Catching a glimpse of even regular neutrinos – low-energy particles generated in the atmosphere – is difficult enough, but spotting a “cosmic neutrino” left over from the Big Bang has been downright impossible. That is until this cubic kilometer buried under Antartica’s frozen wastes started looking.
Known as the IceCube Neutrino Observatory, this $279 million telescope is located under the Amundsen-Scott South Pole Station in Antarctica. Since its completion in 2010, IceCube has been searching for evidence of the cosmic neutrino via an array of thousands of sensors hung in cascading lines under the ice.
Just as its predecessor, the Antarctic Muon And Neutrino Detector Array (AMANDA), did, IceCube consists of spherical optical sensors called Digital Optical Modules (DOMs), each with a photomultiplier tube (PMT). In all, 86 strings containing 60 DOMs apiece and a total of 5,160 PMTs have been hung a depths ranging from 1,450 to 2,450 meters. IceCube researchers leveraged a unique hot water drill to quickly bore through the ice when installing the array.
When a weakly-interacting neutrino does manage to strike the nucleus of an atom in the ice, the resulting energy release creates a brief flash that is picked up by the DOM and transmitted to a data collection station on the surface. The system detects roughly 100,000 neutrino strikes annually but, until last month, all of them were of the atmospheric variety. In April, IceCube detected a pair of strikes – nicknamed Bert and Ernie – with energy signatures in the TeV range, suggesting an extraterrestrial origin. Since then, the system has spotted an additional 26 potential cosmic neutrino strikes.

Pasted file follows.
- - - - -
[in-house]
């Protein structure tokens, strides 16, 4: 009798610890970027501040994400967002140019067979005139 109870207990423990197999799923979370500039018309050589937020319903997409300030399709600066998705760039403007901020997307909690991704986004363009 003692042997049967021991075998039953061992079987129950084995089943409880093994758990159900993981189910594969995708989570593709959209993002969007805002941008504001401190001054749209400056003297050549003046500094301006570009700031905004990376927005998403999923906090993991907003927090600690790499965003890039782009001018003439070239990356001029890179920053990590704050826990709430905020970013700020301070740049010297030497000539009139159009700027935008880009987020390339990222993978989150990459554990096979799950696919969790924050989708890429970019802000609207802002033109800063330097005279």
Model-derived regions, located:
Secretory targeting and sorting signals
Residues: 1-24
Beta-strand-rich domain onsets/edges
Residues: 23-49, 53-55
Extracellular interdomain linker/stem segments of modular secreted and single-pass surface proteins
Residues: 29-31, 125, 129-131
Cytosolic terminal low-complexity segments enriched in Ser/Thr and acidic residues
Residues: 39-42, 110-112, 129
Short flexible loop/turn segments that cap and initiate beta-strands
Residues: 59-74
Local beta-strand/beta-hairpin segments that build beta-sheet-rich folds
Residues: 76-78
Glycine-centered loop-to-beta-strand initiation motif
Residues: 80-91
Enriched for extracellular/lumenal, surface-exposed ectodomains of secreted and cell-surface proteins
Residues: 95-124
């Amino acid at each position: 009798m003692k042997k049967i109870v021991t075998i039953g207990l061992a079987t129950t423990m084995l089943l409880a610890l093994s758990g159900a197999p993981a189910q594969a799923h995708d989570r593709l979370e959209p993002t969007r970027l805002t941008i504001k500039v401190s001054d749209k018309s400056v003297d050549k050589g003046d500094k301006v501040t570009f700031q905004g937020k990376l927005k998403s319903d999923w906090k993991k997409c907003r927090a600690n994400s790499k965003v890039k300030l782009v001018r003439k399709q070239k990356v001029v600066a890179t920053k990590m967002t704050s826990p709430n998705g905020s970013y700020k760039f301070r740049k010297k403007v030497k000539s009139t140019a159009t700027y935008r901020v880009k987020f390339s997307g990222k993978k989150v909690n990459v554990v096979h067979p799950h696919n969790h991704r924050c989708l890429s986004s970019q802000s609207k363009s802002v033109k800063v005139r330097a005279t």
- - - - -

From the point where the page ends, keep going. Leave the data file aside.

The data must still be analyzed and verified by the scientific community but if these really are what researchers think they are, we could soon gain new insight into conditions present mere seconds after the Big Bang.